English Speaking Union
The English Speaking Union has become the principal distributor of Beyond Babel on DVD. The organisation, which was established for 'the mutual advancement of education of the English-speaking peoples of the world' will be using the DVD's as part of their education programme. This follows on from the earlier adoption of Babel by the British Council and reflects the importance of the series as the only documentary series to examine the globalisation of English. Purchase of the series on DVD will still be possible from this website and we will shortly be rolling out a VOD service.
Crystal Clear Spelling
David Crystal's latest work, Spell It Out: The Singular Story of English Spelling delves into the fascinating story of how English came to have such idiosyncratic spelling. The books traces the development of the language through its various historical influences and for the first time offers a coherent account of why English spelling can prove challenging even for native speakers. David has written a brief overview for the Guardian newspaper and the book is reviewed by the same publication here. A brief audio interview with David is available on the BBC website. Highly recommended.
Babel for Academic Australia
Kanopy, the leading supplier of programming to Australian University Libraries has acquired Beyond Babel and will be making the series available for direct streaming or purchase on DVD. This reflects the series continuing use by universities in Europe, the Middle East, US and Asia Pacific regions. Beyond Babel remains the only series to offer a comprehensive examination of the global spread of English and its supporting material (freely available from this website) has ensured its value as a teaching resource.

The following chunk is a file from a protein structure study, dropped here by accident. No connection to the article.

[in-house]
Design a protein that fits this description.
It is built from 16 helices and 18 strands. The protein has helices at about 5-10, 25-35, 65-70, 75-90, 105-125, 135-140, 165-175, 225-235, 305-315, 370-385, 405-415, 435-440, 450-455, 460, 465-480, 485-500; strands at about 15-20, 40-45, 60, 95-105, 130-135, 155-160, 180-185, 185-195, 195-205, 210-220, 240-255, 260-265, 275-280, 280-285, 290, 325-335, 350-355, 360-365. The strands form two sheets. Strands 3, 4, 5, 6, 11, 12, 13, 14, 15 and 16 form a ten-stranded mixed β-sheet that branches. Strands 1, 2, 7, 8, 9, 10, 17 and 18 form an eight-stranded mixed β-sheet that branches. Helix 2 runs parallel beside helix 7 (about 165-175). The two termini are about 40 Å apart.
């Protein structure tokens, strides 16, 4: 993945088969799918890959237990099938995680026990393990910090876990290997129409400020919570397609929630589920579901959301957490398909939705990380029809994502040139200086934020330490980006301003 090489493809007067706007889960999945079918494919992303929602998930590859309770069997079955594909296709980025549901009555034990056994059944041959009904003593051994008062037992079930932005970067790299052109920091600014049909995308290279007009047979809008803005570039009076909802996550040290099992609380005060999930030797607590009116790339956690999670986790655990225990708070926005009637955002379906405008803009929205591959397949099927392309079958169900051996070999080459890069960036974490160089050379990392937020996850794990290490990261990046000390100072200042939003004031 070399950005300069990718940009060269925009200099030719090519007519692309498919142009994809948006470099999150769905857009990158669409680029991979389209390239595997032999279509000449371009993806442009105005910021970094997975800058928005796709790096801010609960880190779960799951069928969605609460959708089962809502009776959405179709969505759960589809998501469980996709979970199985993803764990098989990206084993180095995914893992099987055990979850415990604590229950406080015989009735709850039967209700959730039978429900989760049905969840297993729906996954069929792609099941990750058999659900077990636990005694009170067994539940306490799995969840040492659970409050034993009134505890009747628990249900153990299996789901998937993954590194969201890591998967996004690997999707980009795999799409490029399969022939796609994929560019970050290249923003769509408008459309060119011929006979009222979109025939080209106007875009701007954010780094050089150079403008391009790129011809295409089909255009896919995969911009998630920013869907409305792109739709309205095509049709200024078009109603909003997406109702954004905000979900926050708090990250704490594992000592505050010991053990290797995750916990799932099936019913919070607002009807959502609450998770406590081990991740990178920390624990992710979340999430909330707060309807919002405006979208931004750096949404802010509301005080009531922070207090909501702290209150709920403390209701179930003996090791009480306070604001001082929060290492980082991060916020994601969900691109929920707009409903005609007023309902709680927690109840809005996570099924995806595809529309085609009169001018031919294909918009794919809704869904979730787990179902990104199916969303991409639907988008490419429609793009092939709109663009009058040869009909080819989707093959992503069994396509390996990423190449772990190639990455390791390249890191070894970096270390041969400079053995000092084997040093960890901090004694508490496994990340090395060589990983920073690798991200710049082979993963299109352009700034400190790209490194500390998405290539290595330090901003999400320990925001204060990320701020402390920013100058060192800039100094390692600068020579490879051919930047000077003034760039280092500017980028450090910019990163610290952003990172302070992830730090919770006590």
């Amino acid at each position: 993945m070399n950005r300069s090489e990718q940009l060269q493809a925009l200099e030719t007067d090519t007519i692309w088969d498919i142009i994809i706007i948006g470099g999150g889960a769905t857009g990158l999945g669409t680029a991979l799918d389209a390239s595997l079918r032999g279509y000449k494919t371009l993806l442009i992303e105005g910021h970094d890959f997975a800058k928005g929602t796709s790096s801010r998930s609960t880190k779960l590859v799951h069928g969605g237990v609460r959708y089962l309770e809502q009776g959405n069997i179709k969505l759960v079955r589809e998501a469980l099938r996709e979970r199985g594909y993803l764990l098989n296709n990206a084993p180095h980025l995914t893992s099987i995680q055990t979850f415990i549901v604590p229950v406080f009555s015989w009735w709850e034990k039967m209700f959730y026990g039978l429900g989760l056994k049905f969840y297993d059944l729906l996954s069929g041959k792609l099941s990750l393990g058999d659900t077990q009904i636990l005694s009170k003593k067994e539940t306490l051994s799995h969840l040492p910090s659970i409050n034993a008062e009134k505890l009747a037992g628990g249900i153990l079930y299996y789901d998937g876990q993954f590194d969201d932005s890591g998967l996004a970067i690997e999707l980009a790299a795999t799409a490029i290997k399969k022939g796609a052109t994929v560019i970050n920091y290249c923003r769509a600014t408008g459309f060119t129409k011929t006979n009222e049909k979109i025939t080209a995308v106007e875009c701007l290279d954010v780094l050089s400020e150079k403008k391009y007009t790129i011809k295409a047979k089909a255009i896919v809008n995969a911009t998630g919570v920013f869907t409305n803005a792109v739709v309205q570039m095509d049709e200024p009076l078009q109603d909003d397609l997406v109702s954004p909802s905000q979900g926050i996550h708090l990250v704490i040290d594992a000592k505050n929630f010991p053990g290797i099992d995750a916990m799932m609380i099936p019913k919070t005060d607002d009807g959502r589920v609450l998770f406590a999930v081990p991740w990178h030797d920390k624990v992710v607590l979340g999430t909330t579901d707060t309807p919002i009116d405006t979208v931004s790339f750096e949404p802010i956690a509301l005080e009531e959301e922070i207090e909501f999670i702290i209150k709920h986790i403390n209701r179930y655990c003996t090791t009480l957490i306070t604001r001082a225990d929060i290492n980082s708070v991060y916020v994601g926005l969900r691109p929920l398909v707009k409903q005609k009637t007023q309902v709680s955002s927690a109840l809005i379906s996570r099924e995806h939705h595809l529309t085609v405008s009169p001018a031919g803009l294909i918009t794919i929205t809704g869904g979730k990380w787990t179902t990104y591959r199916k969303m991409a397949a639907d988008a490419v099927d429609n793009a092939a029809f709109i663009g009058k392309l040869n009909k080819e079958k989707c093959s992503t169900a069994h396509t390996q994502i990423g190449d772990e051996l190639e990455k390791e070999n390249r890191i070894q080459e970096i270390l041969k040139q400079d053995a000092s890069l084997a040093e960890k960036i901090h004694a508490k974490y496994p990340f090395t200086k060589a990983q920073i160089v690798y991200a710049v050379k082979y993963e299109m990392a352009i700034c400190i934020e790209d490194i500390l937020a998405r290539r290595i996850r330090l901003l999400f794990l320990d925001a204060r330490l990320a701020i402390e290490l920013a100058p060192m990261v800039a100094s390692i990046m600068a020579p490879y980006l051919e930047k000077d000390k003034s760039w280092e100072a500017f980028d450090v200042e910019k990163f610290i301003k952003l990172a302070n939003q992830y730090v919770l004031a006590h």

The Life of Slang
Following the heated debate on pernicious versus beneficial effects of slang, a fascinating new book The Life of Slang, by Julie Coleman Professor of English Language at the University of Leicester, offers a timely insight into its ever presence throughout the history of the language. As well as unpicking the surprising antiquity of some contemporary slang, she also clarifies the role it plays in social differentiation between the users and society at large. This use of slang to establish discrete group identities, goes a long way to explaining the anger it manages to provoke among those self-appointed defenders of the integrity of English. Slang is decisive in its nature uniting one group to the exclusion of another, but its pretty clear that after centuries of recorded use it has yet to undermine or destroy English.
The Ebonics Controversy
A timely reminder of the ability of language to stir up extremes of opinion has come in the unwelcome torrent of predominantly racist comment provoked by this video of Professor Mary Zeigler's students at Georgia State University. Their view that African American dialects should be respected as a distinct and valid version of English, has been denounced as everything from academic fraud to wilful ignorance and a desecration of the English language. Most of the comments draw upon a an ill defined notion of 'correctness' and the belief that the Ebonics agenda is essentially an assault on white society through a subversion of the language. The dilemma faced in moderating these comments is where to draw the line between rejecting racial abuse and allowing intemperate opposition in the name of open debate. Language is an incredibly sophisticated means of communication, but all too often it becomes just another tool of aggression.